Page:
Backtracking ACO for RF-Circuit Design Optimization

Backtracking ACO for RF-Circuit Design Optimization

Bachir Benhala (University of Moulay Ismaïl, Morocco), Mouna Kotti (University of Sfax, Tunisia), Ali Ahaitouf (University Sidi Mohamed Ben Abdellah, Morocco) and Mourad Fakhfakh (University of Sfax, Tunisia)
DOI: 10.4018/978-1-4666-6627-6.ch007
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Abstract

Sizing analog, mixed-signal, and particularly radio-frequency circuits generally relies on the experience of the designer. Metaheuristics have been recently proposed, and it has been shown that they can arguably replace the classical iterative simulation-based trial/error approaches. Among the most known metaheuristics, Ant Colony Optimization (ACO) has already successfully been used to deal with analog circuit performance optimization. Despite the fact that ACO is robust and has a good intrinsic intensive research strategy, it suffers from its greedy requirement in computation time. In this chapter, the authors deal with the improvement of the ACO technique by integrating in this algorithm a backtracking search technique that has the role to act on the ratio of the accumulated pheromones, thus reducing the computation time. The new algorithm is called BA-ACO. Performances of BA-ACO are highlighted through some RF-applications. ADS simulation results are given to show the validity of the proposed algorithm.
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Introduction

Integrated circuit (IC) design is a complicated and delicate process. The design of the analog part is often the most difficult, tedious and time consuming task in the entire design. This is mainly due to the fact that the design of the digital part has already been automated, but this is not the case for the analog/RF part where such design lacks for fully automated procedures. Thus, analog, and particularly the radio-frequency circuit design has long been highly based on the intuition and experience of the skilled designers. Statistical-based techniques have long been used to deal with such designs (Medeiro, 1994). However, these techniques are time consuming and do not guarantee reaching the global optimum solution.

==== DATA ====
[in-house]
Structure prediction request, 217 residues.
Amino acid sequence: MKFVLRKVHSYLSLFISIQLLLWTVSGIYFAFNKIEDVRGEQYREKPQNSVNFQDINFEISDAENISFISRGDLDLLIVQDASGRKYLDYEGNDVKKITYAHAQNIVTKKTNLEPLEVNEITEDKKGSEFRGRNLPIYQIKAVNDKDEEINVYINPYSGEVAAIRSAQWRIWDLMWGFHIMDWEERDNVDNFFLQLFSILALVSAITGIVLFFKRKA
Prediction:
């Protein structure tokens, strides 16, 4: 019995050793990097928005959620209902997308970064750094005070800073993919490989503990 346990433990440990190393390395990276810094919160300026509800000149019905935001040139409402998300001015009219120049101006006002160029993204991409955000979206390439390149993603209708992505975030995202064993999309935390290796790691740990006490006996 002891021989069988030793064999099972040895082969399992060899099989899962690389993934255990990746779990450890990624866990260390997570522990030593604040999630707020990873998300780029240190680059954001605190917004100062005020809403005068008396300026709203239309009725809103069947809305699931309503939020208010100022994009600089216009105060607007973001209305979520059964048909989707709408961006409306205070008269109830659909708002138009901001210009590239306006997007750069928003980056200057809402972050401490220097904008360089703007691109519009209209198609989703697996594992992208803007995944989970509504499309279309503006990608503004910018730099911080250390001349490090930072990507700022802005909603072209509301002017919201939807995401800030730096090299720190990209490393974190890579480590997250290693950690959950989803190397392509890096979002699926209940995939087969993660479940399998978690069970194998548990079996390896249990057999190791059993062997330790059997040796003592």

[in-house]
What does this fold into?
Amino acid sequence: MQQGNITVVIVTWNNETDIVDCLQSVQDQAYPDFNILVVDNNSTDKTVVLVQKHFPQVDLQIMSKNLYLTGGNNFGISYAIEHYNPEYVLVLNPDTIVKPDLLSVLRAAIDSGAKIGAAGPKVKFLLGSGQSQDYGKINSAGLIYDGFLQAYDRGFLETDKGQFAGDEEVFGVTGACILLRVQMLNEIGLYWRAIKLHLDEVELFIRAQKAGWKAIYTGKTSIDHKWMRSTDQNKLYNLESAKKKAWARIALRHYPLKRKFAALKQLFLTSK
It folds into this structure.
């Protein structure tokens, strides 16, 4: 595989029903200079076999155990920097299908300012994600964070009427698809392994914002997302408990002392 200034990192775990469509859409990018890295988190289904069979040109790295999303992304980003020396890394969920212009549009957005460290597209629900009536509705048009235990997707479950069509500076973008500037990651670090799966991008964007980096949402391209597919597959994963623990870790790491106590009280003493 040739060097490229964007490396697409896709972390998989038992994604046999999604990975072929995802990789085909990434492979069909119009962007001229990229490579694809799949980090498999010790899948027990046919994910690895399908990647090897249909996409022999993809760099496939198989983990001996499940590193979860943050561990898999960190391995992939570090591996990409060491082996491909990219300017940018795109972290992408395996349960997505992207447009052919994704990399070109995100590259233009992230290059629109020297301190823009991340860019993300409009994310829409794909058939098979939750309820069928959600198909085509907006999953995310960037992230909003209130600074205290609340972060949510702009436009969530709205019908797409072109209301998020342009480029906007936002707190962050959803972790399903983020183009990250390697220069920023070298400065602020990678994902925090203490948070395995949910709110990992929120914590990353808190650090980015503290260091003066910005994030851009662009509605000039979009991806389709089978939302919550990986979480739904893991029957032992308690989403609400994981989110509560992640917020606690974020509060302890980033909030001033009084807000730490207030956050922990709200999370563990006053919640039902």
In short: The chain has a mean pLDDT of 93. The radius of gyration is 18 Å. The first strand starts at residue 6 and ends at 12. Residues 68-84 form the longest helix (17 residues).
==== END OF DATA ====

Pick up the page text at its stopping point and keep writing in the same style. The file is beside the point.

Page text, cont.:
To efficiently deal with such NP-hard optimization problems, metaheuristics were adopted for such purposes. Most considered ones in the field of circuit design were: Tabu Search (TS) (Glover, 1989; 1990), Simulated Annealing (SA) (Dreo, 2006), Genetic Algorithms (GA) (Dreo, 2006; Grimbleby, 2000), Local Search (LS) (Aarts, 2003). Recently, some swarm intelligence (SI) based metaheuristics (Garnier, 2007) were proposed and it has been proven that these ‘new’ techniques are efficient, resourceful, robust, efficient and easy to be implemented and used. Further, they can be, in many applications, much more attractive when compared with their predecessors (see above). A plethora of SI algorithms are proposed in the available literature, most well-known ones may be Wasp Nets (WN) (Chan, 2007), Bacterial Foraging Optimization (BFO) (Chatterjee, 2010), Particle Swarm Optimization (PSO) (Fakhfakh, 2010) and Ant Colony Optimization (ACO) (Benhala, 2011; 2011b).

In the realm of analog circuit sizing, BCO, PSO and ACO were/are widely used, see for instance (Benhala, 2011; 2011b; 2011c; 2012; 2012b; Bennour, 2010; Chatterjeea, 2010 ; Cooren, 2007; Fakhfakh, 2009; 2010; Kotti, 2010). It has already been shown that ACO offers the best optimum quality, when compared to the other SI approaches, see (Kotti, 2012; Sallem, 2013). However, ACO techniques seriously suffer from their greedy need in computation time. Actually, this is due to their ‘graph-based’ search mechanism and to the use/update of the routing search.

Ant Colony Optimization (ACO) is an evolutionary stochastic computational technique for solving hard combinatorial optimization problems (Dorigo, 1996). ACO imitates the natural behavior of ants in finding the shortest distance between their nests and food sources. It is based on the indirect communication within a colony of simple agents, called (artificial) ants which exchange information about good routes through a chemical substance, called pheromone, that accumulates for short routes and evaporate for long routes (Dorigo, 1999; 2006). Pheromones are the means of communication between ants which directly affects the convergence and the efficient resolution of the ACO algorithm (Daniel, 2003)

The ACO algorithm conducts the search procedure intelligently to perform global optimizations. It is characterized by its robustness, distributed calculation, and the fact that it can be easily combined or hybridized with other optimization algorithms. Therefore, ACO may provide a powerful optimization tool (Colorni, 1991). Some variants of the ACO algorithm have recently been proposed in order to improve performances of the basic ACO technique, for instance the way the pheromone matrix is updated (Dorigo, 1996, 1997), the manner to avoid stagnation on selected edges (Stützle, 2000), etc. However, the slowness of the technique remains the most important limitation of this approach, as stated above.

Recently, a novel enhancement technique, called backtracking, has been proposed. It has been used to improve performances of the PSO technique. Very interesting results were reached; see (Civicioglu, 2013).

In this work we propose the modification of the ACO technique by integrating the backtracking search approach in its algorithm. The main idea consists of dealing, via the backtracking approach, on the one hand with the excessive accumulation of pheromones which may entrap ACO in local optima, and on the other hand with reducing the search space and thus increasing the convergence speed and improves the overall search capability.

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